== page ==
interior of book tower in Prague Municipal Library

A Toolkit for the Life of the Mind

Julian Baggini and Peter S. Fosl. The Philosopher’s Toolkit: A Compendium of Philosophical Concepts and Methods. Second edition. Wiley-Blackwell, 2010.

[An installment of the “Read Me” Project.]

My sister-in-law has bought me a number of outstanding books for Christmas over the years. This is one of them.

Cover of The Philosopher's Toolkit

I’m not technically a philosopher. I like philosophy, or think I do. I’ve taken a few classes in the Philosophy Department and read some books. I imagine I could hold my own in a conversation about philosophy – as long as it doesn’t get too specialized. But I never had that “methods class” that’s invariably required for majors in a discipline. So this handy volume felt like a remedy for that gap in my education.

This “toolkit” appears to have been compiled primarily as a handbook for that methods class. And it seems like it would fulfill that function well. It takes the reader on a survey of philosophical methods, from basic logic and argumentative moves through various more advanced techniques for assessing and making philosophical arguments, to some of the more contemporary or specialized conceptual technologies [“Foucaultian critique of power,” “Heideggerian critique of metaphysics,” and so on]. Reading it cover to cover made me feel like I was getting a condensed course in philosophical thinking. That’s a good thing, if you like philosophy.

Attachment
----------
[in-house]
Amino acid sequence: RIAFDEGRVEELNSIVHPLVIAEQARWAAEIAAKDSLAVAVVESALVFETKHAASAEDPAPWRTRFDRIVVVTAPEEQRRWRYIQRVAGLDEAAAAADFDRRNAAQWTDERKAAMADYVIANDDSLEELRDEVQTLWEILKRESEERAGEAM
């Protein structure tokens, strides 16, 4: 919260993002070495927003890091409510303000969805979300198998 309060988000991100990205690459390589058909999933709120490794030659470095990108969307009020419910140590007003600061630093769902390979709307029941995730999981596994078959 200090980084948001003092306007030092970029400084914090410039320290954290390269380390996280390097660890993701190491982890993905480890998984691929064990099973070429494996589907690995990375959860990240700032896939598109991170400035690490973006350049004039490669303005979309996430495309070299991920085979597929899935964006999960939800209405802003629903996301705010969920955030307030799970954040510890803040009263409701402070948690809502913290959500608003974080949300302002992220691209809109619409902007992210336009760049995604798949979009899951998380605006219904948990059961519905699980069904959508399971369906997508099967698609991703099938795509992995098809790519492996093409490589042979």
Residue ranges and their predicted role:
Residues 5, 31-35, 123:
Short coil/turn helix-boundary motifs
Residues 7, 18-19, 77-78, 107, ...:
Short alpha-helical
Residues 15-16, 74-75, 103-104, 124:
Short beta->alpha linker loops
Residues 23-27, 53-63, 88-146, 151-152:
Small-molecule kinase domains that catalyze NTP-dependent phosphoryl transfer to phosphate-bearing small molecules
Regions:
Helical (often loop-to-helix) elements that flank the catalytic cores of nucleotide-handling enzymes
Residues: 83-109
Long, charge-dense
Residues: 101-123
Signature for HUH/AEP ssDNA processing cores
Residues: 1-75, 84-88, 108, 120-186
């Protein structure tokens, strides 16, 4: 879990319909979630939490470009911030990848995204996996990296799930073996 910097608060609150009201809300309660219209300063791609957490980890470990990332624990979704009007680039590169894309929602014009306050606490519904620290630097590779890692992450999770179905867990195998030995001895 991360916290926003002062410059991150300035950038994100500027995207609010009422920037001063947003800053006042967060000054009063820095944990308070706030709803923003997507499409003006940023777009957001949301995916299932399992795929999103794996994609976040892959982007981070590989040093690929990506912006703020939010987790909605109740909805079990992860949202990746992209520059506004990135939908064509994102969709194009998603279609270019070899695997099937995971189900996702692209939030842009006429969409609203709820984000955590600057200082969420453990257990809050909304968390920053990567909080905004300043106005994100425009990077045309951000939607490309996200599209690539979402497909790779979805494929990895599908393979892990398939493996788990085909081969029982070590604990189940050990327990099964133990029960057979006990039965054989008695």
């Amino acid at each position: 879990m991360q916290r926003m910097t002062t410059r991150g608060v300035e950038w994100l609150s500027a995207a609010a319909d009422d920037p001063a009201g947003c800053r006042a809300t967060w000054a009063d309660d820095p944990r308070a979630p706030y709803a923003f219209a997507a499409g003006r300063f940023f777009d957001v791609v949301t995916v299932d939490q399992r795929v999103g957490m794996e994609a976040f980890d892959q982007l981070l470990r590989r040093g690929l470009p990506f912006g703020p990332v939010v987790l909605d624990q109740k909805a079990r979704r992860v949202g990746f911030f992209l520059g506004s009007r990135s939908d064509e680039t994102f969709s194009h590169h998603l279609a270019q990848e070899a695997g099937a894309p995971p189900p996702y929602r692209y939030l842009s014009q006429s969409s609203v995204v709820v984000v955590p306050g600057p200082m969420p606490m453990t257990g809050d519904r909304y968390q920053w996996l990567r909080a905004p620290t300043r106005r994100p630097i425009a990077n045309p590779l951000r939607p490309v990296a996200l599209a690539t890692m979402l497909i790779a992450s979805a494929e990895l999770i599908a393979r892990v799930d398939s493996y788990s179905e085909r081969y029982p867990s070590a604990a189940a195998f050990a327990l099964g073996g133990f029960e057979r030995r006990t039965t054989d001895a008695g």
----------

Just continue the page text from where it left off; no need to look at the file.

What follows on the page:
The individual entries are clearly and concisely written, and reasonably entertaining. There are lots of examples. The different topics are nicely contextualized in the history of philosophy and in discussions of the projects in which the ideas normally arise. The individual topics are thoroughly cross-referenced, putting lots of relevant material right at the reader’s fingertips. There are suggestions for further reading at the end of each topic for the reader who wants to learn more. In other words: it’s written for students, or for “educated non-specialists.”

I suspect that professional philosophers might find the contents of this toolkit all a little obvious. On the other hand: can you ever really have too many hex wrenches? And even if you already have a hammer, a screwdriver, a pair of pliers, and whatever, sometimes it’s nice to get a fresh set, with matching handles, all together in one nice, new package that doubles as a carrying case. The Philosopher’s Toolkit might be a little like that: a nifty addition to the reference shelf.

The toolkit presented here feels comprehensive to me, as if I’d know. But I assume Baggini and Fosl, who are themselves professional philosophers, have taken care to make it so. I didn’t get the impression that they were partisans of particular philosophical positions, either, although the text as a whole seems to lean a bit to the analytic side of the analytic-continental divide. I didn’t even feel constantly under attack as a Christian, which can happen sometimes when reading philosophy. There’s one more reference to Alvin Plantinga than to A.J. Ayer, for instance, and the treatment of theist and a-theist positions seemed even-handed to me – although I suppose there may be more than one standard for “even-handedness,” per their discussion of the absolute-relative distinction (144-147).

So, once again – thanks, Sis!

There’s more about these authors online:

Julian Baggini’s website, Microphilosophy

Peter Fosl’s page at Transylvania University

interior of book tower in Prague Municipal Library
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